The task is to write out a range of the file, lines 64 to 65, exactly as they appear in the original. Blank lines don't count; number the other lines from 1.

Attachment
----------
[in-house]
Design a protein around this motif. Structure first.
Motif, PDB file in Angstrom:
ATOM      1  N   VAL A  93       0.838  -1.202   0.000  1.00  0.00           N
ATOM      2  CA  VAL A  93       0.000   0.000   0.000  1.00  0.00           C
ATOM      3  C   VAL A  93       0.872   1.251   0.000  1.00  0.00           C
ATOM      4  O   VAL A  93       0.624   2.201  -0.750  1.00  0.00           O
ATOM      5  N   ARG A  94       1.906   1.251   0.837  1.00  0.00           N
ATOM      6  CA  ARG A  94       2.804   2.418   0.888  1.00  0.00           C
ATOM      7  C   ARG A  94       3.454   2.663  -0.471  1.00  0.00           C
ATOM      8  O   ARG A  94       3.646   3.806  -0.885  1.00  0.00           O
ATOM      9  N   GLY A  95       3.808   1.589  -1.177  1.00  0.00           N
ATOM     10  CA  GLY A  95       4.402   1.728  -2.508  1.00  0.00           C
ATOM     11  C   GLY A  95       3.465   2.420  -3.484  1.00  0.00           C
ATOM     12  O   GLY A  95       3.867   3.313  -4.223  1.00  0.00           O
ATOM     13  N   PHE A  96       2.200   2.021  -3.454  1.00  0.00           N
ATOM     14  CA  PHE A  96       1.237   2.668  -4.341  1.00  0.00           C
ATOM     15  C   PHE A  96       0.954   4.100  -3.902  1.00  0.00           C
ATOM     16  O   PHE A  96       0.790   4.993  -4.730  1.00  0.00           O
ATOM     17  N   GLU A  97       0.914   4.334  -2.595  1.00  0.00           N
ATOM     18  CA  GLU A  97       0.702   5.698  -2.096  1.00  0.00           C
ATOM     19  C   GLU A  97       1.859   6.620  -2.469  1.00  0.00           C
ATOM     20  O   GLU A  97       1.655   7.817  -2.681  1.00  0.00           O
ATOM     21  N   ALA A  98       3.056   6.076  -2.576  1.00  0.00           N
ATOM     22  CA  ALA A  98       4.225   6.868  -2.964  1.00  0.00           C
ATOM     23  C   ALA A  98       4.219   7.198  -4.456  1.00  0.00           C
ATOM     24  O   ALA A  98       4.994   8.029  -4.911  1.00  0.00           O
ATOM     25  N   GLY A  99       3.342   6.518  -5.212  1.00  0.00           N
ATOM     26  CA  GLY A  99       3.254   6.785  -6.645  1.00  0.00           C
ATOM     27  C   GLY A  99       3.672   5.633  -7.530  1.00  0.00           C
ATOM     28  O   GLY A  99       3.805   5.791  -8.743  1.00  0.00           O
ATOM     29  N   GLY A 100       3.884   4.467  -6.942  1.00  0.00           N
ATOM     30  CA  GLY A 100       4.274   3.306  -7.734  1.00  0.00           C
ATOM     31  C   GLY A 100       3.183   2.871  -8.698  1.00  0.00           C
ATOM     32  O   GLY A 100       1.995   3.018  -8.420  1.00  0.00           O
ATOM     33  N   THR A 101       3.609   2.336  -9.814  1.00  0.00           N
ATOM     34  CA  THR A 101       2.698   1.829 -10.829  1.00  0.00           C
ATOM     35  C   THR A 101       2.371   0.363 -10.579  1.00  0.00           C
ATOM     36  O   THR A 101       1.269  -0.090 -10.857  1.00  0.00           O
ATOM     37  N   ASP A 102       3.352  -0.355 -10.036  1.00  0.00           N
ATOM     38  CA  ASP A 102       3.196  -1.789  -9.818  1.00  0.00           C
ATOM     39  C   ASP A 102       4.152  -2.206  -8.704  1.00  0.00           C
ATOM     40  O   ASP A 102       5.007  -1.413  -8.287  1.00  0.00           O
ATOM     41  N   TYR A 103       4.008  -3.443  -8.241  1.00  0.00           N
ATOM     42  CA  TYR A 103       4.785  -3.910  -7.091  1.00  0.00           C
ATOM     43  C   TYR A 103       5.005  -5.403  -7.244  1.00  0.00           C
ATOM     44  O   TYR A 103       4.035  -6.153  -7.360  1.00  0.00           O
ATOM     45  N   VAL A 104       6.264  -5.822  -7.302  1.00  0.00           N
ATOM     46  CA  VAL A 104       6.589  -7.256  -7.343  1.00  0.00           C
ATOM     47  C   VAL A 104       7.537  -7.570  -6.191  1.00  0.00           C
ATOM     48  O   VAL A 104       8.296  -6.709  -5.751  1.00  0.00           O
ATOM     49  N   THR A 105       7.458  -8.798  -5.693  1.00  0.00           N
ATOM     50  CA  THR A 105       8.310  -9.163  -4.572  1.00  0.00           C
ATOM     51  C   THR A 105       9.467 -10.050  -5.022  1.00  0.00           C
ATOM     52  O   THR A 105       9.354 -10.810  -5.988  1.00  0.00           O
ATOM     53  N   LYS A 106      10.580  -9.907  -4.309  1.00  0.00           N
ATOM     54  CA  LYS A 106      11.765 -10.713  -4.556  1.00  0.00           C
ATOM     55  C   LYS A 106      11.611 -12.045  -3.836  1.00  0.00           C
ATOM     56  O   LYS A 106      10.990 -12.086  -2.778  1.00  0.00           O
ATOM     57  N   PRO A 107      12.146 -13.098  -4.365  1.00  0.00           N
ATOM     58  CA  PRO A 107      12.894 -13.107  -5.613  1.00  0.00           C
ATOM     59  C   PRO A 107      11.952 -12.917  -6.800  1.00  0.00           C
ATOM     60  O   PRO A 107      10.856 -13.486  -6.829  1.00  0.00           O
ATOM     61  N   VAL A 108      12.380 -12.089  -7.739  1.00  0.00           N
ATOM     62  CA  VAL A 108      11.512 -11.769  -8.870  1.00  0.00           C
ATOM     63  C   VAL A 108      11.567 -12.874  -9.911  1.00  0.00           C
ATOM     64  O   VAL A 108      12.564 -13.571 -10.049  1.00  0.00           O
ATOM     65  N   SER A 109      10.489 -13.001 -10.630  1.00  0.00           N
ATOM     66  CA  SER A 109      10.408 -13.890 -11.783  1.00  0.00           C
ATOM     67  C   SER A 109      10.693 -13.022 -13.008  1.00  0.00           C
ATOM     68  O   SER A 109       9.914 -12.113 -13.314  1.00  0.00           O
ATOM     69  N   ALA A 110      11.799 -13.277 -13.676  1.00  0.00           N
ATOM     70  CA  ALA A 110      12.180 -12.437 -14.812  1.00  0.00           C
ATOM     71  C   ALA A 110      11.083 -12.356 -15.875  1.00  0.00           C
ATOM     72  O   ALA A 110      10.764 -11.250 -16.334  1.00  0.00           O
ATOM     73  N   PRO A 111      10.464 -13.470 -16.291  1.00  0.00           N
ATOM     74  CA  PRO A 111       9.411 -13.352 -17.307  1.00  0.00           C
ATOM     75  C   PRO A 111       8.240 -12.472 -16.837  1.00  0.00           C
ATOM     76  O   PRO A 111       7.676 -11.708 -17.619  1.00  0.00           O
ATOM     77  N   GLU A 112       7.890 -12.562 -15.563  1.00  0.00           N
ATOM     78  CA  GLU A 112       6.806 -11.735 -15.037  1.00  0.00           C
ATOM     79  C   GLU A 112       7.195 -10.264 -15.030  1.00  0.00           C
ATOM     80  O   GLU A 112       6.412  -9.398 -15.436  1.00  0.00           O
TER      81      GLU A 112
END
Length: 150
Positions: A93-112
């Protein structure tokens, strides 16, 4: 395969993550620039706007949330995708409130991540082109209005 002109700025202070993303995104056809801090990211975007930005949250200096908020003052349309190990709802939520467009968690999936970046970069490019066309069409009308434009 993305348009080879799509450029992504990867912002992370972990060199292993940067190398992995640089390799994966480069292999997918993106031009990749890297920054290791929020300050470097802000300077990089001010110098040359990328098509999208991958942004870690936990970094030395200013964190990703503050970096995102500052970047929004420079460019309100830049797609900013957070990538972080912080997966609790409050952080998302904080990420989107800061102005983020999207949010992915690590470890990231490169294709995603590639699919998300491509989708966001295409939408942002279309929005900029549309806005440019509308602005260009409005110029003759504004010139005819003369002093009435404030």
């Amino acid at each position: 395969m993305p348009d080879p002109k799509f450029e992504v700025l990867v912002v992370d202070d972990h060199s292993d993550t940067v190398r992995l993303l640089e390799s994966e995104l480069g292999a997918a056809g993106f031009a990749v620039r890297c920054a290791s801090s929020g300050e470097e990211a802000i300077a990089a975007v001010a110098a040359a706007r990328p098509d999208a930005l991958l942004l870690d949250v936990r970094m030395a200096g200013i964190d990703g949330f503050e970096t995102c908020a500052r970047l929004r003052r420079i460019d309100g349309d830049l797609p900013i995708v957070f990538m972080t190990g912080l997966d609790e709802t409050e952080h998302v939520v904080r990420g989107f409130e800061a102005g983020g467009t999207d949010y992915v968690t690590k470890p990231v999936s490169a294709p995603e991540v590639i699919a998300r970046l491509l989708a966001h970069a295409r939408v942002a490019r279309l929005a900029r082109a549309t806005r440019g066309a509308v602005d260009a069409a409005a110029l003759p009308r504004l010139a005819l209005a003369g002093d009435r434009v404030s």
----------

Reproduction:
ATOM     61  N   VAL A 108      12.380 -12.089  -7.739  1.00  0.00           N
ATOM     62  CA  VAL A 108      11.512 -11.769  -8.870  1.00  0.00           C